Sunday, August 17, 2008

The Bitter Waters of Torah

In an introduction to Chancellor Norman Lamm's book, Faith And Doubt: Studies in Traditional Jewish Thought, he includes a letter which I found remarkably surprising:

    My brother and my friend! In truth, how bitter are the "bitter waters" [of Torah] that pass over us! For in the beginning, the Torah is itself yet bitter. The reason for this is that we may distinguish between one who has a true Israelite soul and one whose soul issues from the multitude that accompanied Israel out of Egypt. For "no stranger shall approach thereto," and the initial bitterness of Torah will discourage one who is disqualified from tasting of the precious sweetness of the light of Torah [that appears afterwards].

    It is written in the book Berit Menuhah that a scholar who denies the Torah and becomes a heretic, Heaven forbid, does so because some of the "bitter waters" passed over him and he drank from them and he was not able to bear it, and therefore he studied and he rejected.

    It is unecessary to state that at the beginning, when one first undertakes to serve God and to accept upon himself the yoke of Torah, that he tastes of the bitterness of death. Even a completely righteous person must submit to these bitter pains every day and every time and every hour, in order that he might thereby enter into the light of life and the way of the righteous.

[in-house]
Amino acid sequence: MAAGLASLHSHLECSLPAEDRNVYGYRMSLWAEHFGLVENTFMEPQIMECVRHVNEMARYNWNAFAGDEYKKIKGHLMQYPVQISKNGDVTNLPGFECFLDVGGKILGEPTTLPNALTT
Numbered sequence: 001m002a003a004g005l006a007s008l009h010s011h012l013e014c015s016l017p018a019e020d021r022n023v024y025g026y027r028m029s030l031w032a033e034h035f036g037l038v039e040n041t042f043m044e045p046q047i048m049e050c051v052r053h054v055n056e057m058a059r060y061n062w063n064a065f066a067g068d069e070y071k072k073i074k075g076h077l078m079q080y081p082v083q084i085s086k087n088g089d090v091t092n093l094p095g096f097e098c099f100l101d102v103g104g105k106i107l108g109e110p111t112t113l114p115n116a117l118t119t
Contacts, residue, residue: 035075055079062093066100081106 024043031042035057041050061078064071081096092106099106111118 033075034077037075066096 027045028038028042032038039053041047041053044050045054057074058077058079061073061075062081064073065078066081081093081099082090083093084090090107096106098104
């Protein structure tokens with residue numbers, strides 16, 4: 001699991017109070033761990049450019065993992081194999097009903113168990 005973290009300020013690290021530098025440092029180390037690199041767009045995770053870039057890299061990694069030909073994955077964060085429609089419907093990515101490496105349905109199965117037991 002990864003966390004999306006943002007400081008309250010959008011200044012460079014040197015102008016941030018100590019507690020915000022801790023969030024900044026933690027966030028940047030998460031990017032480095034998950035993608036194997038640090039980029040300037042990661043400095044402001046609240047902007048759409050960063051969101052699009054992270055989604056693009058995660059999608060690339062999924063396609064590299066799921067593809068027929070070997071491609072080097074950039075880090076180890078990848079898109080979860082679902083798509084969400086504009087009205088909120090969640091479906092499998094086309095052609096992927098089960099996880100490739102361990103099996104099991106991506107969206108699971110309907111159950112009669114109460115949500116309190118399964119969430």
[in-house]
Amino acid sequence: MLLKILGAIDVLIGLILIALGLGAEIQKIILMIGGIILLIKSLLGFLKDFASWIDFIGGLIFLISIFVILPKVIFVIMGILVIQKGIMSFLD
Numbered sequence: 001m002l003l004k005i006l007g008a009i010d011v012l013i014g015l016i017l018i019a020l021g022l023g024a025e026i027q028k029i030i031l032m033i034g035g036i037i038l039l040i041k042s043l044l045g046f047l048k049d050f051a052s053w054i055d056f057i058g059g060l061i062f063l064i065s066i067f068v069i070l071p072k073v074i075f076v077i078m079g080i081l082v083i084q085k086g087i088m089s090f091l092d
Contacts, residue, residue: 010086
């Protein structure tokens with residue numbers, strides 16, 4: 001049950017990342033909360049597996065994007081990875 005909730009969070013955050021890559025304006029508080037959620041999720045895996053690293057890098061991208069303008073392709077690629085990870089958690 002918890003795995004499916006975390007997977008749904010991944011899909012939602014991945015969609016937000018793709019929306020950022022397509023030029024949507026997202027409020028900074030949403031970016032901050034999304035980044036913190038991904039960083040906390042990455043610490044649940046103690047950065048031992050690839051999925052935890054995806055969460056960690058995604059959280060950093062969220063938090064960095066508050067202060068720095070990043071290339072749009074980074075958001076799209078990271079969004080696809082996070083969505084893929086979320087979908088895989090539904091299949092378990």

Therefore, accept upon yourself all this bitterness, and the Almighty in His great compassion will let you taste of the pleasantness of the world-to-come while you are yet in this world. So will all this bitterness be transformed into sweetness, into light for the soul.

    But above all, my brother, keep silent, keep silent. Accept all this in love. then there will shine upon you the light of the King of all life.

    (from Netiv Mitzvotekha, p. 80)
    by R. Yitzhak Isaac Yehudah Yehiel Safran, the Rebbe of Komarno

    ~page x
Now, anyone who claims to understand to what exactly the Rebbe of Komarno was referring is engaging in speculative conjecture. And hence I freely admit I do not know what he meant when he stated that the waters of Torah are initially bitter, and that it is only after striving onward that one is able to see the light and taste of their sweetness.

But I thought that for all of us, and as Dr. Lamm notes later on in his essay, this is a beautiful concept. For we struggle with everything that we find difficult, and our struggles do not weigh easily on us; each one of us bears his own burden and fights his own way through a swamp of confusion. And it is gratifying to know that simply because something seems bitter right now, or difficult to do or keep, does not preclude it from being sweet in the end, and for God to shine his everlasting light upon us.


Anonymous said...

"Without illumination, we struggle with the forces of the world; we labor for a living; we struggle to maintain our power and position; we compete for riches or honors. Often we war with our own friends and even find ourselves at war with ourselves. There is no security in personal possessions even after the battle to acquire them has been won.